Coastal Restoration Trust of New Zealand

Coastal Dune Ecosystem Reference Database

Water Repellency in a New Zealand Development Sequence of Yellow-Brown Sands Journal Paper

M.G. Wallis, D.J. Horne and A.S. Palmer
Journal / Source
Australian Journal of Soil Research
Publisher / Organisation
Soil Science Department, Massey University,
water repellency, development sequence, MED, carbon content, humic and fulvic acids, infiltration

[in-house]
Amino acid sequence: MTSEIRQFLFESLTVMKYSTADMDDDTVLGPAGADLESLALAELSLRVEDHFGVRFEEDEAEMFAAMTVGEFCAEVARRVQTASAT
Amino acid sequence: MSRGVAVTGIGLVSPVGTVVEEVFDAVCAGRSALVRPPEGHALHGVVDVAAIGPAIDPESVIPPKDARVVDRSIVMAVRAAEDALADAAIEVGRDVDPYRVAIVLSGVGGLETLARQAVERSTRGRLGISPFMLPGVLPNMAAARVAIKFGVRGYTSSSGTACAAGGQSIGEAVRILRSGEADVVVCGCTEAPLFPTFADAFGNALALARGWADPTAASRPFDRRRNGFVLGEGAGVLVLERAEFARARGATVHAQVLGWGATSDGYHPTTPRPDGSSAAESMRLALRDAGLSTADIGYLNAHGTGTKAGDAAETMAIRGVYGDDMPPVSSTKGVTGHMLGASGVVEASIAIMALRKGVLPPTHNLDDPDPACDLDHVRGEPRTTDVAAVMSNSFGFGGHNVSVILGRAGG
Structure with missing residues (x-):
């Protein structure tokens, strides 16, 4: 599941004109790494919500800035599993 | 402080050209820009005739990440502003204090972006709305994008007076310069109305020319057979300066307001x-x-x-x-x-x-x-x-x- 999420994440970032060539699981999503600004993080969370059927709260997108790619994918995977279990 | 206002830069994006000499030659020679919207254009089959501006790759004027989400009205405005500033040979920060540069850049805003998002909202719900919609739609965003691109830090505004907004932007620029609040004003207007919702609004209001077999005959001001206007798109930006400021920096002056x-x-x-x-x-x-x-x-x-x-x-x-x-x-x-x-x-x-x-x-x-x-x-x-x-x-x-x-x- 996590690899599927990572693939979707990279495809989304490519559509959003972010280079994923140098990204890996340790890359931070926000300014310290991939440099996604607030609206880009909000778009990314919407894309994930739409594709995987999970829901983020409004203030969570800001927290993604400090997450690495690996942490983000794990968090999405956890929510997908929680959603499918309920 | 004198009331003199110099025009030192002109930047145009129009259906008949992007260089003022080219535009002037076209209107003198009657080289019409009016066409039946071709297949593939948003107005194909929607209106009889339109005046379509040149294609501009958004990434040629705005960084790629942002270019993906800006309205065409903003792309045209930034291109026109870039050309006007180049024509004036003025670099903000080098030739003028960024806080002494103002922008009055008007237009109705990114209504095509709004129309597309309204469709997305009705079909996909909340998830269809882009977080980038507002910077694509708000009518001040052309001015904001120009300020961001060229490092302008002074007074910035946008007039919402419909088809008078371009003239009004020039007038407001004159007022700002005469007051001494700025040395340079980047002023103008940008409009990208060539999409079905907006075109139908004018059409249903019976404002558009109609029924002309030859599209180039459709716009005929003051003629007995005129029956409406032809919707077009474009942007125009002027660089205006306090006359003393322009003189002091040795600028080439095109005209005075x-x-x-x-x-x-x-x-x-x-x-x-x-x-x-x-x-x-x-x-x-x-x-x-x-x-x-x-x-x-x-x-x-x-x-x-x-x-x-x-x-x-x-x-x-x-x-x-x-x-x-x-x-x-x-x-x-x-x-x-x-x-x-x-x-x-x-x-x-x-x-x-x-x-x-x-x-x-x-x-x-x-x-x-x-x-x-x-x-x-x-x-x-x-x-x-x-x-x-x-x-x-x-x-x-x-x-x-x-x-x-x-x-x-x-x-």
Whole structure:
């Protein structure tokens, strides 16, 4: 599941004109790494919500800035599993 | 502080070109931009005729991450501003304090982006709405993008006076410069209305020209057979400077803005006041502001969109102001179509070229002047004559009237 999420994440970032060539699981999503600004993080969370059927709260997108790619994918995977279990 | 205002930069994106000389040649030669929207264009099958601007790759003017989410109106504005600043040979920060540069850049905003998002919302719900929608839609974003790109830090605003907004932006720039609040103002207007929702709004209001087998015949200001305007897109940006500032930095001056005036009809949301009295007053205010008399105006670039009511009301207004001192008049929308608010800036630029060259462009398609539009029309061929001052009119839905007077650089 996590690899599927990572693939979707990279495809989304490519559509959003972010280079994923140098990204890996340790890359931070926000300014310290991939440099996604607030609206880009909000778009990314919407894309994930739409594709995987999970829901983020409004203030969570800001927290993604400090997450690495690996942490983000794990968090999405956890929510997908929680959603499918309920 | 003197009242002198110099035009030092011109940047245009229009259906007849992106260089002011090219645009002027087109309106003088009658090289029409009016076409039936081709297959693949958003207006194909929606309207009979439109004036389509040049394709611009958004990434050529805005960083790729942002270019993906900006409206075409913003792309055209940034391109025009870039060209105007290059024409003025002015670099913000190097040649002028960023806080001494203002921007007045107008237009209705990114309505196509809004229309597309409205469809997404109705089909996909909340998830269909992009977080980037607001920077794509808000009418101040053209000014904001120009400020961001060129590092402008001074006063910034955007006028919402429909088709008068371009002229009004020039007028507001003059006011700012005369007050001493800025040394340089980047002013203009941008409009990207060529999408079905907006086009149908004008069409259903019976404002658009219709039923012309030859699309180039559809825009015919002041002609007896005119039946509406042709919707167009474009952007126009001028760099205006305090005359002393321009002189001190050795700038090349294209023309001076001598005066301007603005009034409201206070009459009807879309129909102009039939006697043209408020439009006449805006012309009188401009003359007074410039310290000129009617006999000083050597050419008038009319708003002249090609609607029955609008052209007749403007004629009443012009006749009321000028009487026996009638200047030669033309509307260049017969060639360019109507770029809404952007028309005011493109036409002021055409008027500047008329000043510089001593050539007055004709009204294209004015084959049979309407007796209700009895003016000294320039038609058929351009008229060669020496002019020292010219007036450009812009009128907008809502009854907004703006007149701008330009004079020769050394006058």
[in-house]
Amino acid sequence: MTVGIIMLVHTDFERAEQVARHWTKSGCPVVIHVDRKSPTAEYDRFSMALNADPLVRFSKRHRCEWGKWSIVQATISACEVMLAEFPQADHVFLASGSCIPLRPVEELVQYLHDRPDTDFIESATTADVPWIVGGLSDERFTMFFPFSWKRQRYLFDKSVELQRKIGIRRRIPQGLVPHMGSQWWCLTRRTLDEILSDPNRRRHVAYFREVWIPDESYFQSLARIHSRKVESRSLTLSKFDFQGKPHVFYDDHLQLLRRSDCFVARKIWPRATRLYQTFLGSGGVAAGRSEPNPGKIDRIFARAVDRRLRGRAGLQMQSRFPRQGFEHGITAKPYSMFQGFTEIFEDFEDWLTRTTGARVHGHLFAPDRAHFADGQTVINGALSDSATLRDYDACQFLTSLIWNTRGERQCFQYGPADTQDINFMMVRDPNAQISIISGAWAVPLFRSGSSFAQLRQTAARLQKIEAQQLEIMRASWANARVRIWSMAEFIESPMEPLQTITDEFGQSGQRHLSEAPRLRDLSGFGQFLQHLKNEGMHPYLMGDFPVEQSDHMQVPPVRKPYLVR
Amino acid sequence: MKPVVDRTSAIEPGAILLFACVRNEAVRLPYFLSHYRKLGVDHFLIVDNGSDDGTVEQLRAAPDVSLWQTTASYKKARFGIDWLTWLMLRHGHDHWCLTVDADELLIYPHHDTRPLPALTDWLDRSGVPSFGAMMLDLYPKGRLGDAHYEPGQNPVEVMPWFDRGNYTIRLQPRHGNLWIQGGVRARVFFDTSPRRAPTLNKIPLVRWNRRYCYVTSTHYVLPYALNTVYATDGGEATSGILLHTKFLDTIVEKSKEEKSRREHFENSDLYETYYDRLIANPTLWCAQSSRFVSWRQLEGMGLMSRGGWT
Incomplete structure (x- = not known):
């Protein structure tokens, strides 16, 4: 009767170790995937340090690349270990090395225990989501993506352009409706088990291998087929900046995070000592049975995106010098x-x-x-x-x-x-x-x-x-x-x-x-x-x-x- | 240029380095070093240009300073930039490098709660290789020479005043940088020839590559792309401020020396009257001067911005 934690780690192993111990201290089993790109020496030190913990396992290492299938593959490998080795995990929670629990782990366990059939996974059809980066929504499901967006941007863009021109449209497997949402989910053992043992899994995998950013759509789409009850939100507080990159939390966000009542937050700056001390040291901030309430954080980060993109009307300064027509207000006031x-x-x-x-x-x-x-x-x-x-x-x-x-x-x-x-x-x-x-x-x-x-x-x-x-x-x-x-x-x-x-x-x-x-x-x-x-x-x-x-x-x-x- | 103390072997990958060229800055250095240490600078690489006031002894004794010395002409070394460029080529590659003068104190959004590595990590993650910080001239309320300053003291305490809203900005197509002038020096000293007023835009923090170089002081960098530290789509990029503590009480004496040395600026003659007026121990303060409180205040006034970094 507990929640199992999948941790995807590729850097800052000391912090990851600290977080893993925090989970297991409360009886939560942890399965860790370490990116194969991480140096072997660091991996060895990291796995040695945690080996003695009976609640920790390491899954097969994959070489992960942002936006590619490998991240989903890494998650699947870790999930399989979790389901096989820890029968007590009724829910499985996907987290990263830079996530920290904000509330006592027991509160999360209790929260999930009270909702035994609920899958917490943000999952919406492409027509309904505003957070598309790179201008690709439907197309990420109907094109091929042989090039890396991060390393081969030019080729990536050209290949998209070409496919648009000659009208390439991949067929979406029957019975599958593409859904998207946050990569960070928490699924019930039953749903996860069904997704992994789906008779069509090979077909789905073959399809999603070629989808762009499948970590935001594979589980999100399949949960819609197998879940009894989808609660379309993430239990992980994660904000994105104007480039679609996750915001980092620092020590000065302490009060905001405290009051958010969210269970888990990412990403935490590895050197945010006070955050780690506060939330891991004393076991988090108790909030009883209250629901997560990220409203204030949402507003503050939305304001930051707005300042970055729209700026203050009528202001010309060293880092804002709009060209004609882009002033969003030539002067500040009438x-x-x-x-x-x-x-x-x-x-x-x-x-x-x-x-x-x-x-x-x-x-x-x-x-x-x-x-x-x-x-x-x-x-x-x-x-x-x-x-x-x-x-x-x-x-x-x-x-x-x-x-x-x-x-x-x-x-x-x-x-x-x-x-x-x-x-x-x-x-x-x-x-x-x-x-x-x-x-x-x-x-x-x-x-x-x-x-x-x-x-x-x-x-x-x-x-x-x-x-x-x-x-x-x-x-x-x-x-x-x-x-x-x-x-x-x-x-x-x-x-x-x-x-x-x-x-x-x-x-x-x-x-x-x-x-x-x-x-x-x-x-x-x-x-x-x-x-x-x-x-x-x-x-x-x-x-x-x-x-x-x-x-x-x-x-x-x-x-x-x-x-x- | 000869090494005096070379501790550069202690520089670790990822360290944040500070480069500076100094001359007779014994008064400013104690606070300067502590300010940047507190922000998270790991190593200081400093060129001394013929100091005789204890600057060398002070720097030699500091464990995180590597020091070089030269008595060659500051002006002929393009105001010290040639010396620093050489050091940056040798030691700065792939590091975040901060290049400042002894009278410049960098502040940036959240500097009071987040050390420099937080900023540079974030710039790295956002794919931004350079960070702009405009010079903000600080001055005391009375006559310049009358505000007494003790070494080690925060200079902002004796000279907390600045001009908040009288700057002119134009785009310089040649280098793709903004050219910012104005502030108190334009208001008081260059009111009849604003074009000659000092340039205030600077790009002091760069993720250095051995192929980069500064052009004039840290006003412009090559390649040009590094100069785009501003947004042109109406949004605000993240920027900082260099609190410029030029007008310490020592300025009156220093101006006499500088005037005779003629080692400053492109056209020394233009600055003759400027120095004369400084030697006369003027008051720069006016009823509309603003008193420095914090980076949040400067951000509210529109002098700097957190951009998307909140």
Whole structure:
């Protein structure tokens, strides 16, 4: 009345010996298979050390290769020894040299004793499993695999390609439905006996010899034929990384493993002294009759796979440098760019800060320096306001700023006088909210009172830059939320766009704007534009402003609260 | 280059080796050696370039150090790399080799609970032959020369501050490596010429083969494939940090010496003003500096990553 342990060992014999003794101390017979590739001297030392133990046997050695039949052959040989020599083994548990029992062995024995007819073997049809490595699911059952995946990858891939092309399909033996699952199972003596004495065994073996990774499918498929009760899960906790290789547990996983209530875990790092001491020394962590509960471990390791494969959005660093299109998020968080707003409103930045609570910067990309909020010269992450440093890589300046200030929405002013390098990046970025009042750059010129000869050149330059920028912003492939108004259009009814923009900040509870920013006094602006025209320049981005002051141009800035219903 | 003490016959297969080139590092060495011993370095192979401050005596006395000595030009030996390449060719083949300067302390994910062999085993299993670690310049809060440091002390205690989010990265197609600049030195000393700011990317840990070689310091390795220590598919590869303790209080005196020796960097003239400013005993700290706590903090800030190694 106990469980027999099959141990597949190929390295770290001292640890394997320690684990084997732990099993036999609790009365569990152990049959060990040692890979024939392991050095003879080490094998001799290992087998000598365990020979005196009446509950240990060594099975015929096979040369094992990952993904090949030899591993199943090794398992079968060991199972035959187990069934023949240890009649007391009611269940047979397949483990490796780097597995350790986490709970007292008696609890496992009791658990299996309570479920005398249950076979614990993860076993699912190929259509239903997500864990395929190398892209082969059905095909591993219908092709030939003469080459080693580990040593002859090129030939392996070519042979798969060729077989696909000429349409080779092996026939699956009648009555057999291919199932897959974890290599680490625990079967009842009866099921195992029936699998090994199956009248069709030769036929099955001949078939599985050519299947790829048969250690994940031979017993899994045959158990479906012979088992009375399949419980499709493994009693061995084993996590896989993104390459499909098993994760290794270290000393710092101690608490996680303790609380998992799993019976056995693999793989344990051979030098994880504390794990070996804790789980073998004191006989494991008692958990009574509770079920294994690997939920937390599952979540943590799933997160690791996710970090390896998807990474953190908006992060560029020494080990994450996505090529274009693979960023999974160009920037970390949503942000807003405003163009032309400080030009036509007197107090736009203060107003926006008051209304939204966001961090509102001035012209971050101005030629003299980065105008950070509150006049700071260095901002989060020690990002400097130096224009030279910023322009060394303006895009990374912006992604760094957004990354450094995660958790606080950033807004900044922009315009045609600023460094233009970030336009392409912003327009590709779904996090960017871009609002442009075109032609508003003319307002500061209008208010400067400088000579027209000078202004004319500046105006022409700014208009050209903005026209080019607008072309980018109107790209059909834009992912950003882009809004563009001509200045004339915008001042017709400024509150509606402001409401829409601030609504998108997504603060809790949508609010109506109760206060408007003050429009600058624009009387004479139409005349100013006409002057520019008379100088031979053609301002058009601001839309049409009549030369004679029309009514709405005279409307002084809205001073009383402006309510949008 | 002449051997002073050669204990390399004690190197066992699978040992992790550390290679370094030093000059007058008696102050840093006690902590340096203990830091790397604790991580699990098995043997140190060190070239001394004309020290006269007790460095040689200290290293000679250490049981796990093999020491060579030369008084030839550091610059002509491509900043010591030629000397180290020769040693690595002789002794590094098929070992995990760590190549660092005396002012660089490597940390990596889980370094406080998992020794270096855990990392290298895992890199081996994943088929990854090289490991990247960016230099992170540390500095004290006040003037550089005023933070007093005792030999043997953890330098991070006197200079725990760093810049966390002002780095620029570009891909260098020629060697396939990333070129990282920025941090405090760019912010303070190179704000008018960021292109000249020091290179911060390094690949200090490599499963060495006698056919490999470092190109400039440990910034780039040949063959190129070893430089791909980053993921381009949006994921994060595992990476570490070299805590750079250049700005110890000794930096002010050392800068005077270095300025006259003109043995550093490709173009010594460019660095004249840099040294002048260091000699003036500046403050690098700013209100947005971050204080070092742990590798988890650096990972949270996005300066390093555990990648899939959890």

A series of sands on the west coast of the lower North Island, New Zealand, were studied to investigate the effects of time, topography and vegetation cover upon the development of soil water repellency. Severe repellency was measured with the molarity of ethanol droplet (MED) index in the Waitarere and Motuiti dune phase sands, of age <I30 years and C. 500 years respectively. In each dune phase, the dune sands were more repellent than the lower lying soils of the sand plains. Low or zero MED values were measured in the 1600-6000 year old Foxton dune phase sands and 10 000-25 000 year old Koputaroa dune phase sandy loams under either pasture or native bush. There was no consistent relationship between bush or pasture cover and repellency severity in the Foxton and Koputaroa soils, however, the species composition of the pasture and bush differed. The Waitarere sand was the most repellent soil, despite a low organic carbon content. The carbon content profiles of most of the soils did not appear to be related to the respective MED profiles of repellency severity. The MED values of the surface layer from five dune sands were generally related inversely to the fulvic acid (FA) content and proportionally to the humic acid to fulvic acid ratio (HA/FA), which were measured in a previous study. The pH of the five soils ranged from 5.61 to 6.89, with no apparent relationship between pH and MED. A study of soil water content indicated that repellency reduced rainfall infiltration into the Waitarere and Motuiti sands and the Himatangi sand, found on elevated sand plains. The most severely repellent sands had the greater variability in soil water content after rainfall.